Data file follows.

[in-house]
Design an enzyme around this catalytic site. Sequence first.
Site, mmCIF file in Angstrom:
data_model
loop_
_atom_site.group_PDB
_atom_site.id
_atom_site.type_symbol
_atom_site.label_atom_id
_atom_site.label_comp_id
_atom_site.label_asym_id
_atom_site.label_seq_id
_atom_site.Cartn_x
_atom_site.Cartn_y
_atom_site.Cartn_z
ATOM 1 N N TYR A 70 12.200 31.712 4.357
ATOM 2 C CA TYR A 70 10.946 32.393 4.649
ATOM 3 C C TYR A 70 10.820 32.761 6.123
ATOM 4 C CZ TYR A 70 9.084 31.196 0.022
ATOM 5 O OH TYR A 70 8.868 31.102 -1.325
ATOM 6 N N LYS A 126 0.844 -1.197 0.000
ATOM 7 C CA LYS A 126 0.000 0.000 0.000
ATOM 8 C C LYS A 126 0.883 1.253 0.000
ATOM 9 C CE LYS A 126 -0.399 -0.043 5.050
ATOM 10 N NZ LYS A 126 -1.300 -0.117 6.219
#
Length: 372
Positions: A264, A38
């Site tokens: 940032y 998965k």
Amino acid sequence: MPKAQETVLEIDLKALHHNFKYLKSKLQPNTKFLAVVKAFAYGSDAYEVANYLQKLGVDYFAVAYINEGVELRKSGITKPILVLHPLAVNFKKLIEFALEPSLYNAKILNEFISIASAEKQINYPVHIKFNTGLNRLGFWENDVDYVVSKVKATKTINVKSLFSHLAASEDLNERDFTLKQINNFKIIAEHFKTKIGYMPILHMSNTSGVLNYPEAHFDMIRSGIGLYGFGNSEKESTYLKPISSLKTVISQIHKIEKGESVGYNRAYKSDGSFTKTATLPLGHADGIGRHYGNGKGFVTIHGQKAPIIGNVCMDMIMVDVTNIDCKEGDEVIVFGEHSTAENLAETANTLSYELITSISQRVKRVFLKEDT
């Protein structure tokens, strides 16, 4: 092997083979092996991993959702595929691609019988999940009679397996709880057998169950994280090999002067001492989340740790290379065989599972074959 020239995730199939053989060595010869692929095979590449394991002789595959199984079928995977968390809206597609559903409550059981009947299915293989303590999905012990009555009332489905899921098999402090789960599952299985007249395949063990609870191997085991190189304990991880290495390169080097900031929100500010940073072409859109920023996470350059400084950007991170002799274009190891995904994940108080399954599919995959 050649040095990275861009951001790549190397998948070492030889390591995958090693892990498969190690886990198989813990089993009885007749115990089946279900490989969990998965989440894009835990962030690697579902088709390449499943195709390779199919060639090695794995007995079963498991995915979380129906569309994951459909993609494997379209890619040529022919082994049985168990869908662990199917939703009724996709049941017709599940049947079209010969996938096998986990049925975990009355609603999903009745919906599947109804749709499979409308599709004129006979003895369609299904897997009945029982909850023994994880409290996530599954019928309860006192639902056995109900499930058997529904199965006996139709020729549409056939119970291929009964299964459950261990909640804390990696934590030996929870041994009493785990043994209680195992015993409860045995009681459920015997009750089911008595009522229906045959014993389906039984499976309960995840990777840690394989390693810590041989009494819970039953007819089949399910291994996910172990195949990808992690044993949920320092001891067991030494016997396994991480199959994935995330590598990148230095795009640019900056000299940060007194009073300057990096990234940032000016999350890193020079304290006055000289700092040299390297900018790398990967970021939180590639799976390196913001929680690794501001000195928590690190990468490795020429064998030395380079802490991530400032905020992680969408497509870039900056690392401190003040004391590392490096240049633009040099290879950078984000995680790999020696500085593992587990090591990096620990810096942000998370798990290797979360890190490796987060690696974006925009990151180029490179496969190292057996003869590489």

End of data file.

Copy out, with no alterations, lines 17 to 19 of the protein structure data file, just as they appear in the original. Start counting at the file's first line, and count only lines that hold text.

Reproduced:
ATOM 2 C CA TYR A 70 10.946 32.393 4.649
ATOM 3 C C TYR A 70 10.820 32.761 6.123
ATOM 4 C CZ TYR A 70 9.084 31.196 0.022